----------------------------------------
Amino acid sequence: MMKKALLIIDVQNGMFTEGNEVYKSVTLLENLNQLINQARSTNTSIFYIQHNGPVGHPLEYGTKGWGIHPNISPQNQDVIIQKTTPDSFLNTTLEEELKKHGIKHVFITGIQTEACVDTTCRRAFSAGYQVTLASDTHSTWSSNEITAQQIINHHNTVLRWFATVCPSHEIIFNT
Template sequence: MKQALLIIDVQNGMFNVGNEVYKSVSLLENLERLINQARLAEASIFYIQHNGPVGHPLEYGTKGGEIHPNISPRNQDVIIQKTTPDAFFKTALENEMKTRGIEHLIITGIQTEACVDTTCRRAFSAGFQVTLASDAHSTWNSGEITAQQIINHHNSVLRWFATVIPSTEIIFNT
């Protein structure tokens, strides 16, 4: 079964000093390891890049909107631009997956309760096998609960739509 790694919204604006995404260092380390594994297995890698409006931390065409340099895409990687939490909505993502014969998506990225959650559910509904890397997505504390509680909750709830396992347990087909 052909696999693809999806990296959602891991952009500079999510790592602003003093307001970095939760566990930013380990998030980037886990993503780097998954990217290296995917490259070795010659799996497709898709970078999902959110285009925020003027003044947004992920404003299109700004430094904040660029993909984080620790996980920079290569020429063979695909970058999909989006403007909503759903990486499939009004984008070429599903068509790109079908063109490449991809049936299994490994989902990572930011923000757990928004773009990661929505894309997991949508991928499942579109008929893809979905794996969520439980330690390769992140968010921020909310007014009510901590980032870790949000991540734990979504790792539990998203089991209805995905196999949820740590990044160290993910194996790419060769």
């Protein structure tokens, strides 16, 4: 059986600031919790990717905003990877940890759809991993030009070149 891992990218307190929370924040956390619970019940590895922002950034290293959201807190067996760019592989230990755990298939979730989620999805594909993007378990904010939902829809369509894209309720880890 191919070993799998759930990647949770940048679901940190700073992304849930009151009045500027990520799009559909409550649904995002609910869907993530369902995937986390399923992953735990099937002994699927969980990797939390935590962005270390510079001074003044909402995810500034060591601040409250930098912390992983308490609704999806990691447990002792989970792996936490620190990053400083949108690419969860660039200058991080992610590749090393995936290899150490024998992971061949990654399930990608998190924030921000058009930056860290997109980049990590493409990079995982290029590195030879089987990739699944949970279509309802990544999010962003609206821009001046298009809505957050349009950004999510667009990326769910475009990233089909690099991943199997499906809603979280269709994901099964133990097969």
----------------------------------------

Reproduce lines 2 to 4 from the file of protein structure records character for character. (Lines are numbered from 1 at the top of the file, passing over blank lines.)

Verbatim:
Template sequence: MKQALLIIDVQNGMFNVGNEVYKSVSLLENLERLINQARLAEASIFYIQHNGPVGHPLEYGTKGGEIHPNISPRNQDVIIQKTTPDAFFKTALENEMKTRGIEHLIITGIQTEACVDTTCRRAFSAGFQVTLASDAHSTWNSGEITAQQIINHHNSVLRWFATVIPSTEIIFNT
């Protein structure tokens, strides 16, 4: 079964000093390891890049909107631009997956309760096998609960739509 790694919204604006995404260092380390594994297995890698409006931390065409340099895409990687939490909505993502014969998506990225959650559910509904890397997505504390509680909750709830396992347990087909 052909696999693809999806990296959602891991952009500079999510790592602003003093307001970095939760566990930013380990998030980037886990993503780097998954990217290296995917490259070795010659799996497709898709970078999902959110285009925020003027003044947004992920404003299109700004430094904040660029993909984080620790996980920079290569020429063979695909970058999909989006403007909503759903990486499939009004984008070429599903068509790109079908063109490449991809049936299994490994989902990572930011923000757990928004773009990661929505894309997991949508991928499942579109008929893809979905794996969520439980330690390769992140968010921020909310007014009510901590980032870790949000991540734990979504790792539990998203089991209805995905196999949820740590990044160290993910194996790419060769």
């Protein structure tokens, strides 16, 4: 059986600031919790990717905003990877940890759809991993030009070149 891992990218307190929370924040956390619970019940590895922002950034290293959201807190067996760019592989230990755990298939979730989620999805594909993007378990904010939902829809369509894209309720880890 191919070993799998759930990647949770940048679901940190700073992304849930009151009045500027990520799009559909409550649904995002609910869907993530369902995937986390399923992953735990099937002994699927969980990797939390935590962005270390510079001074003044909402995810500034060591601040409250930098912390992983308490609704999806990691447990002792989970792996936490620190990053400083949108690419969860660039200058991080992610590749090393995936290899150490024998992971061949990654399930990608998190924030921000058009930056860290997109980049990590493409990079995982290029590195030879089987990739699944949970279509309802990544999010962003609206821009001046298009809505957050349009950004999510667009990326769910475009990233089909690099991943199997499906809603979280269709994901099964133990097969």